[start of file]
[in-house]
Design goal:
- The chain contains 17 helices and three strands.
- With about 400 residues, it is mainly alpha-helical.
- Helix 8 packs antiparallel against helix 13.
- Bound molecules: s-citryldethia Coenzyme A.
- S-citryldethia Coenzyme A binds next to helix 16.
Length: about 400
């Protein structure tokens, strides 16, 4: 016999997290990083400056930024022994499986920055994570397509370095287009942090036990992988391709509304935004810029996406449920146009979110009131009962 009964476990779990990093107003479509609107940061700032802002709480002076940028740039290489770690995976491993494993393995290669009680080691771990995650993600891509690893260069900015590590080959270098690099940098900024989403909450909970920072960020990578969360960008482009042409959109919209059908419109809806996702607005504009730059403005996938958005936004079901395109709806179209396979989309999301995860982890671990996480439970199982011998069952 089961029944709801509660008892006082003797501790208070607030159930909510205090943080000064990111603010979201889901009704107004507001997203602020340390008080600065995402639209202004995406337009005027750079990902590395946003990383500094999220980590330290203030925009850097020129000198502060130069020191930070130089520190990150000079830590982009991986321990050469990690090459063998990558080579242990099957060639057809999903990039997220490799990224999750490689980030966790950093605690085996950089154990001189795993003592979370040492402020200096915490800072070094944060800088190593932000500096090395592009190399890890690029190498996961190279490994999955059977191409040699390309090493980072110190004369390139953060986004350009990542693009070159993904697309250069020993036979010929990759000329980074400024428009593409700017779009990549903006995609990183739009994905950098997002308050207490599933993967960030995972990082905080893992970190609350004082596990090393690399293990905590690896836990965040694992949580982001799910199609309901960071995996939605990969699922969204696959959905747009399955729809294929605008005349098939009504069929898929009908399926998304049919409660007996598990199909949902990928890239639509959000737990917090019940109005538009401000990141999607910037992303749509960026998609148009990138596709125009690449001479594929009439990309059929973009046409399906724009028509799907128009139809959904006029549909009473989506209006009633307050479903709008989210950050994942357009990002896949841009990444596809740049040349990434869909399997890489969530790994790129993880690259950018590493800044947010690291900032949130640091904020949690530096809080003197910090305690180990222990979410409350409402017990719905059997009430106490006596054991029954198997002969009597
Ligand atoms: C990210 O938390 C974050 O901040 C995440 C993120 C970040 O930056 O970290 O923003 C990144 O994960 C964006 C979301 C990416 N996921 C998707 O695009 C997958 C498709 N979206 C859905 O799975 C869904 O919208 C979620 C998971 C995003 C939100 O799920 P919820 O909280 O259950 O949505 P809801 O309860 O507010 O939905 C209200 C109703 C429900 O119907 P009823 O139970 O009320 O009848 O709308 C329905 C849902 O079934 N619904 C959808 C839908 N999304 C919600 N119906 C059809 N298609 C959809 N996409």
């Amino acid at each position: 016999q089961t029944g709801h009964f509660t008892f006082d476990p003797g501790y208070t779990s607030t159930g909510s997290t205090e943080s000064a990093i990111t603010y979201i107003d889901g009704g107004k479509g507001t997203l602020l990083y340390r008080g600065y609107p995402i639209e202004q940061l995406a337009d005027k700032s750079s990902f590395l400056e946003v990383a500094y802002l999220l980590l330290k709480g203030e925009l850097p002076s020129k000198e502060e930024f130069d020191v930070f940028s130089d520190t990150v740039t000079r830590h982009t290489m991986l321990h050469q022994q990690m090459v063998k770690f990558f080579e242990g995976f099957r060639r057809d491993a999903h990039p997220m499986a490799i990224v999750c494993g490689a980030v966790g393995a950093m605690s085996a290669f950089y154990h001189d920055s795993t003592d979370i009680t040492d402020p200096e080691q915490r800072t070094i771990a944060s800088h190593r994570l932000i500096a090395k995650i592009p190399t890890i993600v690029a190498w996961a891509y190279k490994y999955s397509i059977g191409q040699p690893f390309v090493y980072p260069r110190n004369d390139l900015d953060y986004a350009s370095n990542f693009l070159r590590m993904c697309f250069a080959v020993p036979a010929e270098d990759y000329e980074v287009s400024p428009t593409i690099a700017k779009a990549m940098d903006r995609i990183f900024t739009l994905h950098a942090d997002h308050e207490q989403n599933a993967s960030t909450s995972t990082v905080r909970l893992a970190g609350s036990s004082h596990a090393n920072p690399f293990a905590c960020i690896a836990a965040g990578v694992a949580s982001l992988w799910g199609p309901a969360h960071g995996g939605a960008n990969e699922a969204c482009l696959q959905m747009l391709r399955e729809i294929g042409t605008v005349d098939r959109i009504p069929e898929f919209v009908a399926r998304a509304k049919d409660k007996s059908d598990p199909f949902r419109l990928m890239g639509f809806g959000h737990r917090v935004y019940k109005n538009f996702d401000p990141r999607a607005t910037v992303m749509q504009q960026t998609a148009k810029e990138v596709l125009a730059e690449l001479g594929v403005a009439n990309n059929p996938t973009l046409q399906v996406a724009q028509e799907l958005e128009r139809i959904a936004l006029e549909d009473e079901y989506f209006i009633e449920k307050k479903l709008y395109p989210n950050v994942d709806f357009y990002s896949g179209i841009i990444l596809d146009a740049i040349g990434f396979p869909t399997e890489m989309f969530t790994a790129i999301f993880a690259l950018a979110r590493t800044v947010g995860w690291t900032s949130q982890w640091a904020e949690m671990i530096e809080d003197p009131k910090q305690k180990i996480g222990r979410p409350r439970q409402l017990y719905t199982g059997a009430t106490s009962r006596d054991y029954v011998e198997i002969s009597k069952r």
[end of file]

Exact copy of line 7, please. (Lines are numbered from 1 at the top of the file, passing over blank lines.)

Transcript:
- S-citryldethia Coenzyme A binds next to helix 16.